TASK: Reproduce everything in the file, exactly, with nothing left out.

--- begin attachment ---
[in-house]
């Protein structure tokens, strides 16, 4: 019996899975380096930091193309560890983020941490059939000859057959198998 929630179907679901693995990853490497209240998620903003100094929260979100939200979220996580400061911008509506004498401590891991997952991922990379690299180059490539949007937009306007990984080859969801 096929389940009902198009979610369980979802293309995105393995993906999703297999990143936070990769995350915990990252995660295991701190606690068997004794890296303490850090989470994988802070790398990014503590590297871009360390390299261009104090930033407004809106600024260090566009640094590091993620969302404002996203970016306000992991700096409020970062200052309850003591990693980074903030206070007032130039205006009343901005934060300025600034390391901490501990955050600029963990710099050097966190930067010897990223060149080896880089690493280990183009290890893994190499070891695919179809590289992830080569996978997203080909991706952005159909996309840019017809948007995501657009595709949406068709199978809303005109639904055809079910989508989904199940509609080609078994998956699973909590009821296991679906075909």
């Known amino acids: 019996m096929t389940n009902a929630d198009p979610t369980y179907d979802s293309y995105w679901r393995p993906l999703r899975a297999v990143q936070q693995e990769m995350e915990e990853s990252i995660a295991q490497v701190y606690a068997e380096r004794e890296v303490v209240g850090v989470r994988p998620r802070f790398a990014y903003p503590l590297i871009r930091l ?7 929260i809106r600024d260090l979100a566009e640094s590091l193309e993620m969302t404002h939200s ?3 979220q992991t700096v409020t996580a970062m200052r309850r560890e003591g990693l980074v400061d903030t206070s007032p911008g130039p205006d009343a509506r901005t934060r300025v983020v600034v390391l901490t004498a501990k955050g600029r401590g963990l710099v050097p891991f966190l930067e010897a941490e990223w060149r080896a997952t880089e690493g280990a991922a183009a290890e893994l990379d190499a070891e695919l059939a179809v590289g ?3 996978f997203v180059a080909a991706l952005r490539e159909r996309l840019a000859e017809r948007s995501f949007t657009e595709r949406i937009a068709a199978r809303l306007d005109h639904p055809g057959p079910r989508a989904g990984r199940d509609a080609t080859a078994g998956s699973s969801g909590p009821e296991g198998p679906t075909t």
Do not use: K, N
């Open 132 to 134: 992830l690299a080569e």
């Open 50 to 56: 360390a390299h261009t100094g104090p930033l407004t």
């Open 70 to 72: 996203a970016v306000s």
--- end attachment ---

[in-house]
């Protein structure tokens, strides 16, 4: 019996899975380096930091193309560890983020941490059939000859057959198998 929630179907679901693995990853490497209240998620903003100094929260979100939200979220996580400061911008509506004498401590891991997952991922990379690299180059490539949007937009306007990984080859969801 096929389940009902198009979610369980979802293309995105393995993906999703297999990143936070990769995350915990990252995660295991701190606690068997004794890296303490850090989470994988802070790398990014503590590297871009360390390299261009104090930033407004809106600024260090566009640094590091993620969302404002996203970016306000992991700096409020970062200052309850003591990693980074903030206070007032130039205006009343901005934060300025600034390391901490501990955050600029963990710099050097966190930067010897990223060149080896880089690493280990183009290890893994190499070891695919179809590289992830080569996978997203080909991706952005159909996309840019017809948007995501657009595709949406068709199978809303005109639904055809079910989508989904199940509609080609078994998956699973909590009821296991679906075909």
């Known amino acids: 019996m096929t389940n009902a929630d198009p979610t369980y179907d979802s293309y995105w679901r393995p993906l999703r899975a297999v990143q936070q693995e990769m995350e915990e990853s990252i995660a295991q490497v701190y606690a068997e380096r004794e890296v303490v209240g850090v989470r994988p998620r802070f790398a990014y903003p503590l590297i871009r930091l ?7 929260i809106r600024d260090l979100a566009e640094s590091l193309e993620m969302t404002h939200s ?3 979220q992991t700096v409020t996580a970062m200052r309850r560890e003591g990693l980074v400061d903030t206070s007032p911008g130039p205006d009343a509506r901005t934060r300025v983020v600034v390391l901490t004498a501990k955050g600029r401590g963990l710099v050097p891991f966190l930067e010897a941490e990223w060149r080896a997952t880089e690493g280990a991922a183009a290890e893994l990379d190499a070891e695919l059939a179809v590289g ?3 996978f997203v180059a080909a991706l952005r490539e159909r996309l840019a000859e017809r948007s995501f949007t657009e595709r949406i937009a068709a199978r809303l306007d005109h639904p055809g057959p079910r989508a989904g990984r199940d509609a080609t080859a078994g998956s699973s969801g909590p009821e296991g198998p679906t075909t």
Do not use: K, N
């Open 132 to 134: 992830l690299a080569e």
């Open 50 to 56: 360390a390299h261009t100094g104090p930033l407004t």
């Open 70 to 72: 996203a970016v306000s």